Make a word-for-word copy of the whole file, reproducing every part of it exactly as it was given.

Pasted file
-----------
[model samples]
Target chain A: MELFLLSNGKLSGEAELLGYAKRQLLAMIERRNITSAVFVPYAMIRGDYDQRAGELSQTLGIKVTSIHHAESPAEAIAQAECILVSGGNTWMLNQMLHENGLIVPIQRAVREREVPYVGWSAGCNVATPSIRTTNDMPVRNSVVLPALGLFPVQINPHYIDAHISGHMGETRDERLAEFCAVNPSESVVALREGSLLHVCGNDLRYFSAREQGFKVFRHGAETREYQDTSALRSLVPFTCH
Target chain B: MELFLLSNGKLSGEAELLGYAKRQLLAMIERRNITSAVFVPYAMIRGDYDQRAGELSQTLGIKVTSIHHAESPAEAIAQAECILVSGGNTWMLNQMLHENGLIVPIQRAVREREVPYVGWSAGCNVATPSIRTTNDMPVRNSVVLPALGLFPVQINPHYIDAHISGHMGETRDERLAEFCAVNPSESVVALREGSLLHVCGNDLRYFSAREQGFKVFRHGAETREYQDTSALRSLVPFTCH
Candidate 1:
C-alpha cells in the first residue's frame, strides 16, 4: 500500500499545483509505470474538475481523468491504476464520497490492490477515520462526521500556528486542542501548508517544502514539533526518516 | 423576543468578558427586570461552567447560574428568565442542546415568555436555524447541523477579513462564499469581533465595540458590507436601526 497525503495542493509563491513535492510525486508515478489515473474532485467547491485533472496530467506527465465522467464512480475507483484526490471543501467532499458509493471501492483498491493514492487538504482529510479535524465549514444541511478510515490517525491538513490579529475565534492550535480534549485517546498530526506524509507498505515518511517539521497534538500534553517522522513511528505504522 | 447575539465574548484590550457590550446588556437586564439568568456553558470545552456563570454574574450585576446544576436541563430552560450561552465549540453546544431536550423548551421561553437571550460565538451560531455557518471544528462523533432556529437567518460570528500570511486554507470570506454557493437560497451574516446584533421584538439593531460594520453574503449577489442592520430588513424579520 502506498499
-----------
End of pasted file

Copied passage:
[model samples]
Target chain A: MELFLLSNGKLSGEAELLGYAKRQLLAMIERRNITSAVFVPYAMIRGDYDQRAGELSQTLGIKVTSIHHAESPAEAIAQAECILVSGGNTWMLNQMLHENGLIVPIQRAVREREVPYVGWSAGCNVATPSIRTTNDMPVRNSVVLPALGLFPVQINPHYIDAHISGHMGETRDERLAEFCAVNPSESVVALREGSLLHVCGNDLRYFSAREQGFKVFRHGAETREYQDTSALRSLVPFTCH
Target chain B: MELFLLSNGKLSGEAELLGYAKRQLLAMIERRNITSAVFVPYAMIRGDYDQRAGELSQTLGIKVTSIHHAESPAEAIAQAECILVSGGNTWMLNQMLHENGLIVPIQRAVREREVPYVGWSAGCNVATPSIRTTNDMPVRNSVVLPALGLFPVQINPHYIDAHISGHMGETRDERLAEFCAVNPSESVVALREGSLLHVCGNDLRYFSAREQGFKVFRHGAETREYQDTSALRSLVPFTCH
Candidate 1:
C-alpha cells in the first residue's frame, strides 16, 4: 500500500499545483509505470474538475481523468491504476464520497490492490477515520462526521500556528486542542501548508517544502514539533526518516 | 423576543468578558427586570461552567447560574428568565442542546415568555436555524447541523477579513462564499469581533465595540458590507436601526 497525503495542493509563491513535492510525486508515478489515473474532485467547491485533472496530467506527465465522467464512480475507483484526490471543501467532499458509493471501492483498491493514492487538504482529510479535524465549514444541511478510515490517525491538513490579529475565534492550535480534549485517546498530526506524509507498505515518511517539521497534538500534553517522522513511528505504522 | 447575539465574548484590550457590550446588556437586564439568568456553558470545552456563570454574574450585576446544576436541563430552560450561552465549540453546544431536550423548551421561553437571550460565538451560531455557518471544528462523533432556529437567518460570528500570511486554507470570506454557493437560497451574516446584533421584538439593531460594520453574503449577489442592520430588513424579520 502506498499